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Gets You Misty Doesn’t It

A Kodak corporate video used as an intro for CEO Perez’s 2006 appearance at the All Things Digital Conference:

To see how far Kodak has fallen is to look back to the 60’s, 70’s, and 80’s when Kodak was ubiquitous. Even as a non-photographer you would have been hard pressed to go a day without coming in contact with it. Film on sale everywhere, Kodak advertising in every medium, and all of the products that came about because of the use of Kodak materials.

Somewhere in the mid to late 80’s the change in photography started and Kodak’s responses kept missing the mark. First versus Fuji with film and then with digital. It wasn’t for lack of trying – Kodak was there first on many things, digital included. But it was as if nothing they did could bring the flow of money on the corporate industrial scale they had known prior and they weren’t willing to be patient enough for any one of their digital investments to grow.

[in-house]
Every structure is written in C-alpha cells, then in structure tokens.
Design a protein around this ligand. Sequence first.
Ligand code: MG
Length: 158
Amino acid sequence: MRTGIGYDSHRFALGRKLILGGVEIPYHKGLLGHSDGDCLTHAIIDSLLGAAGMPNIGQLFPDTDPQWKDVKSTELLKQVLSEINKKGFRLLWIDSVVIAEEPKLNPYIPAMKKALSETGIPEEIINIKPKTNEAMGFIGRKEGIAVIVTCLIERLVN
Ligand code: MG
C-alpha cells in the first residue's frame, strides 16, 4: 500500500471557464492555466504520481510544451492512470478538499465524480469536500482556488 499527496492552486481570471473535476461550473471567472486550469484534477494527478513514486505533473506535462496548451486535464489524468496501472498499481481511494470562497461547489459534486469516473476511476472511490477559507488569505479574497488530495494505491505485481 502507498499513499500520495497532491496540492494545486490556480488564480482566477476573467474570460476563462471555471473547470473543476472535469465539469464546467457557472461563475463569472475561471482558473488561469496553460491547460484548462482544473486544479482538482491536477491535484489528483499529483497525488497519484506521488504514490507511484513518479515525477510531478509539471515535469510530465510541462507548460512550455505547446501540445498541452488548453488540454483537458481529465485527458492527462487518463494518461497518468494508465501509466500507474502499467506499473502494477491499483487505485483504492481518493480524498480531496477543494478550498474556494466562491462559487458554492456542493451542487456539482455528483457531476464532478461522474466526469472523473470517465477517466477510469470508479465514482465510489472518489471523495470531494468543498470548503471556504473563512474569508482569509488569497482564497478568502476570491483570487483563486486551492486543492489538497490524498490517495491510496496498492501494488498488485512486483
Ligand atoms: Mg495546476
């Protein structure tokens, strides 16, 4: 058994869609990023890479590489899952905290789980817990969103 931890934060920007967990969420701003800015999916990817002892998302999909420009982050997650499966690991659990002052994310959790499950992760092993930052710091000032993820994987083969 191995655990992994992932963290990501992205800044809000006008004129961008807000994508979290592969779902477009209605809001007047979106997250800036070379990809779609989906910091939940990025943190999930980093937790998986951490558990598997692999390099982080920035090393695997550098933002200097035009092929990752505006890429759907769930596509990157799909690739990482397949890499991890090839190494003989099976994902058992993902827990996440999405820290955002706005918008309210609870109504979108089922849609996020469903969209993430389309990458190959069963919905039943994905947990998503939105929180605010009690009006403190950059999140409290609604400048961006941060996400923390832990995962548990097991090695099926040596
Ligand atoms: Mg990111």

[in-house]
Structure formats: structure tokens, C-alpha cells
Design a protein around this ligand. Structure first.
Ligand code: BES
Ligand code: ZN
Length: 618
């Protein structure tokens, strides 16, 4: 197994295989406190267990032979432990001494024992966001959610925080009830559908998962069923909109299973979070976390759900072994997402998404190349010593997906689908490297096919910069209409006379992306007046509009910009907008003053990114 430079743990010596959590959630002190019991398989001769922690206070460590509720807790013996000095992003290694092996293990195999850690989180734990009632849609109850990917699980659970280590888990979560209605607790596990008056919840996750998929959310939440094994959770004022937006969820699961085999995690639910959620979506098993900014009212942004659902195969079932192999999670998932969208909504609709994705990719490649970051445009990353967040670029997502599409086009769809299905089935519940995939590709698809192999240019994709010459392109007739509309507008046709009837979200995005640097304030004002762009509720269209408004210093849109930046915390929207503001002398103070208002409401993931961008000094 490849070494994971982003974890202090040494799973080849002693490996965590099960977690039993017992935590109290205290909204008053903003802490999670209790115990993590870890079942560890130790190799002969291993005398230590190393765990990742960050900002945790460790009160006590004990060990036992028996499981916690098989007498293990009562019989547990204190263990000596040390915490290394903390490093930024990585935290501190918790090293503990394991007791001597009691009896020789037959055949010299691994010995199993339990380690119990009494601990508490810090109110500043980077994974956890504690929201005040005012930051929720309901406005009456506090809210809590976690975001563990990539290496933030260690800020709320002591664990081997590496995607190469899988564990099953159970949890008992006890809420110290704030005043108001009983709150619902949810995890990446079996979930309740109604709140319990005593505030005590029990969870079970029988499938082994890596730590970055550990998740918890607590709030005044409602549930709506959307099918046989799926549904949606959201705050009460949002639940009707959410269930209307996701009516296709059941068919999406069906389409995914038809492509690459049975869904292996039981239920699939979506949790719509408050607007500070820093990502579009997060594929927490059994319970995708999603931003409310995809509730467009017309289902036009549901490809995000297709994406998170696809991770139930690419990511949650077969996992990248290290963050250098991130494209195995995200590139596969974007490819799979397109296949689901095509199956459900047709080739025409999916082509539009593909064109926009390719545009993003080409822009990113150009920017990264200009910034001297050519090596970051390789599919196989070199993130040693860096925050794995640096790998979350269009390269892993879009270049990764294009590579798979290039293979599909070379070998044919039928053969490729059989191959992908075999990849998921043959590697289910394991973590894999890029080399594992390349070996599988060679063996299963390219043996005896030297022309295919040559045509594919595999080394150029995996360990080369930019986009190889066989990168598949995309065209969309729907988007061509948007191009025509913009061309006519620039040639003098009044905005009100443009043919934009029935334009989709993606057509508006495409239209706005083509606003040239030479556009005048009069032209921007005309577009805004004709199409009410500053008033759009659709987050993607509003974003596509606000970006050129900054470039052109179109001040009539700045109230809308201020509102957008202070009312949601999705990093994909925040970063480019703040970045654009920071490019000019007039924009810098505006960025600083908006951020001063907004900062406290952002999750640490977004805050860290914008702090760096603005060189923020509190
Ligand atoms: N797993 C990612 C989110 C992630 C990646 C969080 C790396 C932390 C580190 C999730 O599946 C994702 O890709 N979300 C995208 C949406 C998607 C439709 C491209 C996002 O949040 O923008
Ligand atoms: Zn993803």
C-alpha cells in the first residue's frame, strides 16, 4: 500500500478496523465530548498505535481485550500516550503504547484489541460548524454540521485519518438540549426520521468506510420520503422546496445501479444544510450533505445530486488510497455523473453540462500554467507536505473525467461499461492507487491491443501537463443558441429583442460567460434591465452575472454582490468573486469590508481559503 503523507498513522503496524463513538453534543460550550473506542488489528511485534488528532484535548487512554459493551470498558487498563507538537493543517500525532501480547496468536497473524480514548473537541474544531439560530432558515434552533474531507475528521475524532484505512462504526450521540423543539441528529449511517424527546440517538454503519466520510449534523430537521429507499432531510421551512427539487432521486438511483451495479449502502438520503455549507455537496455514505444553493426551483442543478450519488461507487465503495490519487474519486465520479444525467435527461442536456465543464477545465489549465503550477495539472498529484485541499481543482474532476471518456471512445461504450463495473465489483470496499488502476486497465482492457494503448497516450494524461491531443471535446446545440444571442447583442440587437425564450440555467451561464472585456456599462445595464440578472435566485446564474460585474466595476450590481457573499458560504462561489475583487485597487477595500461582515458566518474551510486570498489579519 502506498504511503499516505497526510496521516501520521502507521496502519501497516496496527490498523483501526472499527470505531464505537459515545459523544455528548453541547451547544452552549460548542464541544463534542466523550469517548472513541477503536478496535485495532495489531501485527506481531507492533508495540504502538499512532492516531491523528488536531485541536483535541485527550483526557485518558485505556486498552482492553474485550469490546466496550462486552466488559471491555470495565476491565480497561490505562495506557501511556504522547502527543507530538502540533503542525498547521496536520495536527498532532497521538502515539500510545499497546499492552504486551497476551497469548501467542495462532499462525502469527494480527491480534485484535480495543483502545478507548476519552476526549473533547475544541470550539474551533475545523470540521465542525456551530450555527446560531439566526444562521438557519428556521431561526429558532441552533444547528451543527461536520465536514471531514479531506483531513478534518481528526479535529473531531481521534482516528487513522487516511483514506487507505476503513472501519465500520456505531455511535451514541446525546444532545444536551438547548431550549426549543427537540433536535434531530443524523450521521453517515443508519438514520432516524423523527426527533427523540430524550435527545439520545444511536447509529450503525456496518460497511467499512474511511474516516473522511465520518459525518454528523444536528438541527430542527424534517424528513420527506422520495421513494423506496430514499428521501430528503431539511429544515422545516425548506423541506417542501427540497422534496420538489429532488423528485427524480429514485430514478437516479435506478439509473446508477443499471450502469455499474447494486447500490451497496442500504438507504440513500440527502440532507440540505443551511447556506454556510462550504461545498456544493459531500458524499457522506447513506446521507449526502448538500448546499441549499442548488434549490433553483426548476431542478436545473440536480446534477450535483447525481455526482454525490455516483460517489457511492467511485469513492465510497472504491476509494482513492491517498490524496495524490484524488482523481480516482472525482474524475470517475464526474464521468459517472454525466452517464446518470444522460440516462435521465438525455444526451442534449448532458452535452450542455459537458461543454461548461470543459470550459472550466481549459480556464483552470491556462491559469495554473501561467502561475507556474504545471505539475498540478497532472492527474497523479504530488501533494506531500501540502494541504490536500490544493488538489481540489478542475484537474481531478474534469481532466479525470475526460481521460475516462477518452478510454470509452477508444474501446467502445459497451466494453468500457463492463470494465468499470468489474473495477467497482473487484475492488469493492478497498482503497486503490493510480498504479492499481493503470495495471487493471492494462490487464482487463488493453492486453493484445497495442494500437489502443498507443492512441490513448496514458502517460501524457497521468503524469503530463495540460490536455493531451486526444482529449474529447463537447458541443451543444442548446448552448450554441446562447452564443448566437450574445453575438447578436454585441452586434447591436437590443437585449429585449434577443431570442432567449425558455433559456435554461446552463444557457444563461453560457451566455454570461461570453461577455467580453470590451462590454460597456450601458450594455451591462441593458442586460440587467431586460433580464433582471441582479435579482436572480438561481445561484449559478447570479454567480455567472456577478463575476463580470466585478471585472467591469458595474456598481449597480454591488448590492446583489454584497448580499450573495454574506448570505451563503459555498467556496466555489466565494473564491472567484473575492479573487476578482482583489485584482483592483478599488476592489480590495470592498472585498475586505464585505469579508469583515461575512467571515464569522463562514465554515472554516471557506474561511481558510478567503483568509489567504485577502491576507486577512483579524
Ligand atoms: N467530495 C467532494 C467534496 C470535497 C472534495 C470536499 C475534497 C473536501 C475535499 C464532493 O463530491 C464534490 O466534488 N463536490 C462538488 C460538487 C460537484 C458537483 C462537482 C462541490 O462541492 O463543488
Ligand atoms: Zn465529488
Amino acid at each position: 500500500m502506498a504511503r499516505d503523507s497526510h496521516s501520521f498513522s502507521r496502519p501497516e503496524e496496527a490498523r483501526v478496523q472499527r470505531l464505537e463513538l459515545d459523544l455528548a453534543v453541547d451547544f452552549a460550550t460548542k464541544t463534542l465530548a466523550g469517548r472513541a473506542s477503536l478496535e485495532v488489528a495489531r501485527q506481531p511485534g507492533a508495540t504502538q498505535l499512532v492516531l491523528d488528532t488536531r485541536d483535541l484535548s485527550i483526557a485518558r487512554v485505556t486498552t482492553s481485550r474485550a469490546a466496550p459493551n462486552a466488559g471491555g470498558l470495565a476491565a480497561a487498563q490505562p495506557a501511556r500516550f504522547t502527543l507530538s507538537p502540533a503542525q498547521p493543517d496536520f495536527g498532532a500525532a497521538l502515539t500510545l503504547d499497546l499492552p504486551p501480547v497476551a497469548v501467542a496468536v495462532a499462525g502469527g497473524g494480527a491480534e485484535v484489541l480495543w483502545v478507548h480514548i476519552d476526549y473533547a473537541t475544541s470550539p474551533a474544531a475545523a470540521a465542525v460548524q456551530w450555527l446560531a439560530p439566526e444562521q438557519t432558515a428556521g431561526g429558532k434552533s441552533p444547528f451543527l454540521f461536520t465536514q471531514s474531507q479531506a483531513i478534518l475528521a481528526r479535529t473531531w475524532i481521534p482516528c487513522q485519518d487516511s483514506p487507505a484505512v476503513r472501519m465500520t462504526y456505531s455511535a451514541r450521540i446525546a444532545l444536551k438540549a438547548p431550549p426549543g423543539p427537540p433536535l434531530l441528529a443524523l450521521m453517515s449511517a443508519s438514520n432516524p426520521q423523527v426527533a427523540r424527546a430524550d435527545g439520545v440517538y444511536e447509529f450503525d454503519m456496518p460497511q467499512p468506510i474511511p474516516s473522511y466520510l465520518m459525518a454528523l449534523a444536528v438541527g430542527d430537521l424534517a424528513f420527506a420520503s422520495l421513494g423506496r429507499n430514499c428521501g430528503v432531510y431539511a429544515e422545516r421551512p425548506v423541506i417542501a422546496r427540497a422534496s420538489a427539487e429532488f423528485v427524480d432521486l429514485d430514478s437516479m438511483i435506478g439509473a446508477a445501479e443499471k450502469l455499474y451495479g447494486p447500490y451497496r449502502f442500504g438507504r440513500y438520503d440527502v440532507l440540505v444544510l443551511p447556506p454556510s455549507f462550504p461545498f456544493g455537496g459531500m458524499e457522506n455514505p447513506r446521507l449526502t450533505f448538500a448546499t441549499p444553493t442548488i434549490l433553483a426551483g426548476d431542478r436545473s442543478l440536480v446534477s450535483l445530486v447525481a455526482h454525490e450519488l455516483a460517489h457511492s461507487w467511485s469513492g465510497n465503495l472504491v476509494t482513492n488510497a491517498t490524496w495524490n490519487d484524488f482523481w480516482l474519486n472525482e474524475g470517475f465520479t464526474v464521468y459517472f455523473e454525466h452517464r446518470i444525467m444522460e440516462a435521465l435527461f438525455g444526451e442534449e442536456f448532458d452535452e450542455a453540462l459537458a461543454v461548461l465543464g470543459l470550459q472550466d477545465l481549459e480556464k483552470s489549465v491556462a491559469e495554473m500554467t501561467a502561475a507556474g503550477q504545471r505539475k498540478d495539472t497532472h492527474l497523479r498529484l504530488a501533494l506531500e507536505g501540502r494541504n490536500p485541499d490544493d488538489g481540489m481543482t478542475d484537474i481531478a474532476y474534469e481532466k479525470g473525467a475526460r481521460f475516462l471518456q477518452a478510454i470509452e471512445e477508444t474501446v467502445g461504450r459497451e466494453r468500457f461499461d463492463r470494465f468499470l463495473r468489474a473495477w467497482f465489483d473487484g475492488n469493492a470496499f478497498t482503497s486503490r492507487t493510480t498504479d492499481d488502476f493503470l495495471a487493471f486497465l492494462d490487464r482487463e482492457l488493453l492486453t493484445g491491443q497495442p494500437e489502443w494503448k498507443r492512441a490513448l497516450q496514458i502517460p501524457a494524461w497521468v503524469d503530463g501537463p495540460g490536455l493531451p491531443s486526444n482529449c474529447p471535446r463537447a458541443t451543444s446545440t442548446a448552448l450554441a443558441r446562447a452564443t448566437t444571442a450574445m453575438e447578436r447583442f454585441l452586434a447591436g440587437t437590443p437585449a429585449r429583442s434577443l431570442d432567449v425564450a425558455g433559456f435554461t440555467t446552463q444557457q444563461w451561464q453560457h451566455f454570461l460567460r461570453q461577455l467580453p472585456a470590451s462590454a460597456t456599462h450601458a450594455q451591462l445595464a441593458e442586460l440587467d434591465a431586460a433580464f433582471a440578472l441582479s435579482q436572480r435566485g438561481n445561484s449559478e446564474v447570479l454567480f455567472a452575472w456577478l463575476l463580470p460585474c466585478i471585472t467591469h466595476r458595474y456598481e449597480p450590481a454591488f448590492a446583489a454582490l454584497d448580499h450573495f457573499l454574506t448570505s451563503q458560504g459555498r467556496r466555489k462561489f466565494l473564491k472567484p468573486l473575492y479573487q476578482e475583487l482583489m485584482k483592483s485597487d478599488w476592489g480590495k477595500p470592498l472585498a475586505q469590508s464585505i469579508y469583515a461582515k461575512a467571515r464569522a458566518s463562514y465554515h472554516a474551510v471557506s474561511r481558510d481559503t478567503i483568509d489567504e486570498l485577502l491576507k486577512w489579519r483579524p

As seen above – they did have a vision of the future, with hindsight an impressively accurate one. But a big corporation is like a huge ship or a tanker, it takes many miles to make it stop and even more to make it change course.

Eastman Kodak Files for Bankruptcy.

Bottom edge, Kodak 35mm slide mount, 1977.


Update 2/8/12 – Jimmy Fallon on Late Night on Feb. 7th:

In financial news Kodak just filed for bankruptcy after 130 years in business. More on this story as it develops.